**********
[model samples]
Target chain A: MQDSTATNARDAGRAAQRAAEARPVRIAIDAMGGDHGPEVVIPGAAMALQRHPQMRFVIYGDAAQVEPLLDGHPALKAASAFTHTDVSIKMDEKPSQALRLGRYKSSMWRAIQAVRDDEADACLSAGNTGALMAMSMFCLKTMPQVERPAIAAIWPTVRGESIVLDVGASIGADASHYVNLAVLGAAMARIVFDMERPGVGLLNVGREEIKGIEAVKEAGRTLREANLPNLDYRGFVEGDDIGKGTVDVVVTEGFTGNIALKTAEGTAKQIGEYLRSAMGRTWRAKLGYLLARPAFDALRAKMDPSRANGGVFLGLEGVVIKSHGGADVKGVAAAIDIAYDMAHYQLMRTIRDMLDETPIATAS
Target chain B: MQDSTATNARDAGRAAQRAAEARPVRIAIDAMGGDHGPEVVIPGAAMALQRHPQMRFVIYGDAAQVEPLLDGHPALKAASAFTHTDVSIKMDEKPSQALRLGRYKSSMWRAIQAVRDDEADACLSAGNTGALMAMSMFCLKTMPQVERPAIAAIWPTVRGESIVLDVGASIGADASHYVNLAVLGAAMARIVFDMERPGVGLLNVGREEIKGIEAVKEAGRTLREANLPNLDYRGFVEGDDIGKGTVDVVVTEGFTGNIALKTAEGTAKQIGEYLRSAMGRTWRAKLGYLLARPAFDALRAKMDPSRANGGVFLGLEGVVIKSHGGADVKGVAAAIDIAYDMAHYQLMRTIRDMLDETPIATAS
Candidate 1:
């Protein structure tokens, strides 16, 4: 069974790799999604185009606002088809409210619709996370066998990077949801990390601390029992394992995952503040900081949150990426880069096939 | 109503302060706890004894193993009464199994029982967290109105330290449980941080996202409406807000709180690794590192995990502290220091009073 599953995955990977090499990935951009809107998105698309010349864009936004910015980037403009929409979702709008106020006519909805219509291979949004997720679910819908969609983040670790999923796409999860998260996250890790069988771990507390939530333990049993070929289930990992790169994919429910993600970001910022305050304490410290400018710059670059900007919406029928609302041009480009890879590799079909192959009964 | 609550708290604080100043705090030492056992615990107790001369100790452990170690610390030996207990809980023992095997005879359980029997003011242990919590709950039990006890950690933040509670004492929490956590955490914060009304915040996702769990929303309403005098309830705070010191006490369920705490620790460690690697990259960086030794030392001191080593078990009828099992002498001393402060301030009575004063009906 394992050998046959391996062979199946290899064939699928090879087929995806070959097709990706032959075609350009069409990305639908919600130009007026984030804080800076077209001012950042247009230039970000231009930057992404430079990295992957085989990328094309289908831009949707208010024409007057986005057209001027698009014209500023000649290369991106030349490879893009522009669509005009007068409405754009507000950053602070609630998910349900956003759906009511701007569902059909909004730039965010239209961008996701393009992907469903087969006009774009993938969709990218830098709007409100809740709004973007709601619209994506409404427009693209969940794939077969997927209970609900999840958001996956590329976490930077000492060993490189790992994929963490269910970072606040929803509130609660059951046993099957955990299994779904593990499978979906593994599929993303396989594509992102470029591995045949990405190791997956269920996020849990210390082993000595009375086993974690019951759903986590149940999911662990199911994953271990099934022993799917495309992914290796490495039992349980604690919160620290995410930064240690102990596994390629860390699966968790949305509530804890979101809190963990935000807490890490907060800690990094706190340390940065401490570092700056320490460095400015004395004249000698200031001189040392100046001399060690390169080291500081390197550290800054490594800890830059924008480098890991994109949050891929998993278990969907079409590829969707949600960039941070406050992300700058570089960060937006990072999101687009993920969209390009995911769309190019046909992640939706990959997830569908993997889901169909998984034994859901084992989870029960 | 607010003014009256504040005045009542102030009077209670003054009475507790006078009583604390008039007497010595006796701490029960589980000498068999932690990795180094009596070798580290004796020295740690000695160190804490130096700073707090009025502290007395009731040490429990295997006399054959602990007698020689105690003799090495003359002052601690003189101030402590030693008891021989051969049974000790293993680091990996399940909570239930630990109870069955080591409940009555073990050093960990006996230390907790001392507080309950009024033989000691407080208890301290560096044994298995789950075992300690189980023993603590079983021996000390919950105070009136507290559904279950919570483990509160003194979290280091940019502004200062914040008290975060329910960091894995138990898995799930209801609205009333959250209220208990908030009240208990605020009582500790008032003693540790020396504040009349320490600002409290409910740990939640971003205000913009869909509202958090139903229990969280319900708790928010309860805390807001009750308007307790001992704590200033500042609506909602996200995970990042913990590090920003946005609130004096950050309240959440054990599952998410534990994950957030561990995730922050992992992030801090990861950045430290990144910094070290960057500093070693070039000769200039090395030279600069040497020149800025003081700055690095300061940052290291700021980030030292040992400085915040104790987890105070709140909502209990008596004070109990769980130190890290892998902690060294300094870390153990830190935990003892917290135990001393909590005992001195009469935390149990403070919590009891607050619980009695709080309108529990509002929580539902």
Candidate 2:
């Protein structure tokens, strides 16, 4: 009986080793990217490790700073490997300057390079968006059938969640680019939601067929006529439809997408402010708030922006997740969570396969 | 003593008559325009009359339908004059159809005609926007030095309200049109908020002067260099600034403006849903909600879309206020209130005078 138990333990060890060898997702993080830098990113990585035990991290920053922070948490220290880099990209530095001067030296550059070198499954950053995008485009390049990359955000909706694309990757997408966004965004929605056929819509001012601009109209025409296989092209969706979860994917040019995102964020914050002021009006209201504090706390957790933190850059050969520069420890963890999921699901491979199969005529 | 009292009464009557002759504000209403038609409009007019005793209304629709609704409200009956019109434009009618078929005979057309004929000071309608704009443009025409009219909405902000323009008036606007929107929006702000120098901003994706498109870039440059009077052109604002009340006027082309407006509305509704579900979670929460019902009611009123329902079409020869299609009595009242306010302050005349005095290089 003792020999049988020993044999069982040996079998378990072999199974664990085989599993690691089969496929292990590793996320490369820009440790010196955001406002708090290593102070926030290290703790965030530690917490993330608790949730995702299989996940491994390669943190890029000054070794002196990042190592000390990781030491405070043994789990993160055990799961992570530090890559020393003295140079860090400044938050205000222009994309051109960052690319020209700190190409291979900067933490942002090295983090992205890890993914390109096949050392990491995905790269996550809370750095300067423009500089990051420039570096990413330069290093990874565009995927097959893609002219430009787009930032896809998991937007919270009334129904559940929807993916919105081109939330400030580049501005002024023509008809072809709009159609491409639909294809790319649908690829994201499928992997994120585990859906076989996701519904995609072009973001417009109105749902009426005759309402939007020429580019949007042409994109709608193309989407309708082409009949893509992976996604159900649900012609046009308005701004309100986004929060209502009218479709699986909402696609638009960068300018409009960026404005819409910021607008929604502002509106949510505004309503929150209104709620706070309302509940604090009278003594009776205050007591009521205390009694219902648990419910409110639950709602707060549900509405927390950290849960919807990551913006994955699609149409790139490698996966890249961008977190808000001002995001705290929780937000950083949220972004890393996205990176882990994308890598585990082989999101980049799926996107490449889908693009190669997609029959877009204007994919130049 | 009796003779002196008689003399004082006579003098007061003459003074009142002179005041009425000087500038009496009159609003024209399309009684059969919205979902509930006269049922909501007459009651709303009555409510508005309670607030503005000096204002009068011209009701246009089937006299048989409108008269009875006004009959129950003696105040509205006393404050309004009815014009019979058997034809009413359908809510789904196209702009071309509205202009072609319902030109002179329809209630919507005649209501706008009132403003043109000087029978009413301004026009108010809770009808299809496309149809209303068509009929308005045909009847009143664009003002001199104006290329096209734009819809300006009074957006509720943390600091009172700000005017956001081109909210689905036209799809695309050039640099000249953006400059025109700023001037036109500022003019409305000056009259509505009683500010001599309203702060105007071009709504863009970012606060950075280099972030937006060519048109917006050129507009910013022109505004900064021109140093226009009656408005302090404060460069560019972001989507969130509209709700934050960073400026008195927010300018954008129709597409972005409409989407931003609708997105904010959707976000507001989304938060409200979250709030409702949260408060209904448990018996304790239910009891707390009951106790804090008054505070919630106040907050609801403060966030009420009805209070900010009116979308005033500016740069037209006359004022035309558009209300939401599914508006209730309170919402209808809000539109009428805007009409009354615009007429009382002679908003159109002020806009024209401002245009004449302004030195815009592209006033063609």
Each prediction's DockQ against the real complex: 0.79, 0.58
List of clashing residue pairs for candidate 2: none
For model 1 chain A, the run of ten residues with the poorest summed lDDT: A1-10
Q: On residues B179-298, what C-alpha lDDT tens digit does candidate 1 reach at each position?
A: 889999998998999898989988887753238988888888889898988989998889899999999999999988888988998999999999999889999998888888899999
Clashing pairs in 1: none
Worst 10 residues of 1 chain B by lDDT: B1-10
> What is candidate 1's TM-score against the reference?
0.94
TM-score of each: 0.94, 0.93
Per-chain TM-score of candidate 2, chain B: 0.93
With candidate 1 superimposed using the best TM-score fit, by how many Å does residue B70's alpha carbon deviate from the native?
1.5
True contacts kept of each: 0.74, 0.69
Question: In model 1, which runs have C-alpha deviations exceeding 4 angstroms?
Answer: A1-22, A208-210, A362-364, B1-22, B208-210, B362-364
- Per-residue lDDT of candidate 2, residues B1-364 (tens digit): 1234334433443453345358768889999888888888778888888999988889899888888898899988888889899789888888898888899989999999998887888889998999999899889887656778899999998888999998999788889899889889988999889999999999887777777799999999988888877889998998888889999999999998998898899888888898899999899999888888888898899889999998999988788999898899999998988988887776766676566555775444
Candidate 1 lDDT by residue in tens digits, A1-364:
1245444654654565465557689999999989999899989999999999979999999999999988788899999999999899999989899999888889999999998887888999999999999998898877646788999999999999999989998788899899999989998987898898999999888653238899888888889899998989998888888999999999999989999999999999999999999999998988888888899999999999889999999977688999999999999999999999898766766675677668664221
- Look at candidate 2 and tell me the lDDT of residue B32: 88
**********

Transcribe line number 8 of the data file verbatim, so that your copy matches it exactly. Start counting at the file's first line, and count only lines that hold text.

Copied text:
Each prediction's DockQ against the real complex: 0.79, 0.58